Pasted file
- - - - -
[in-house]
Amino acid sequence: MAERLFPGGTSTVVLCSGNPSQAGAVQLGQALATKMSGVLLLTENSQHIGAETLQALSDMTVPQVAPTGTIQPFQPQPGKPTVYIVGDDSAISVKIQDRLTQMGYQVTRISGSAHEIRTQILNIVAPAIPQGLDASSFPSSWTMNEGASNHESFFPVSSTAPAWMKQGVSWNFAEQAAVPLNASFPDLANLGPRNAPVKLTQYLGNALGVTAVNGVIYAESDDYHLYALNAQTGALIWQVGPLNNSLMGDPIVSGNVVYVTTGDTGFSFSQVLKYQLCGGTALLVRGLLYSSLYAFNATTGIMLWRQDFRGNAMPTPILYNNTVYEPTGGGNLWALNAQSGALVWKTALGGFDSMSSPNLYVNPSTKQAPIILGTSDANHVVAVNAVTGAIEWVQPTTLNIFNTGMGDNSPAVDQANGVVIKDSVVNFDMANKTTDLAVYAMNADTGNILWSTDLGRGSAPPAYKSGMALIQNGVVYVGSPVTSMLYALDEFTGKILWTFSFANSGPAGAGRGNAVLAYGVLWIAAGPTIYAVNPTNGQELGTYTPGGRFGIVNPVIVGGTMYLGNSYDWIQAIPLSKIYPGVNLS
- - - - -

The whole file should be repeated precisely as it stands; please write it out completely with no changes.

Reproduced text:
[in-house]
Amino acid sequence: MAERLFPGGTSTVVLCSGNPSQAGAVQLGQALATKMSGVLLLTENSQHIGAETLQALSDMTVPQVAPTGTIQPFQPQPGKPTVYIVGDDSAISVKIQDRLTQMGYQVTRISGSAHEIRTQILNIVAPAIPQGLDASSFPSSWTMNEGASNHESFFPVSSTAPAWMKQGVSWNFAEQAAVPLNASFPDLANLGPRNAPVKLTQYLGNALGVTAVNGVIYAESDDYHLYALNAQTGALIWQVGPLNNSLMGDPIVSGNVVYVTTGDTGFSFSQVLKYQLCGGTALLVRGLLYSSLYAFNATTGIMLWRQDFRGNAMPTPILYNNTVYEPTGGGNLWALNAQSGALVWKTALGGFDSMSSPNLYVNPSTKQAPIILGTSDANHVVAVNAVTGAIEWVQPTTLNIFNTGMGDNSPAVDQANGVVIKDSVVNFDMANKTTDLAVYAMNADTGNILWSTDLGRGSAPPAYKSGMALIQNGVVYVGSPVTSMLYALDEFTGKILWTFSFANSGPAGAGRGNAVLAYGVLWIAAGPTIYAVNPTNGQELGTYTPGGRFGIVNPVIVGGTMYLGNSYDWIQAIPLSKIYPGVNLS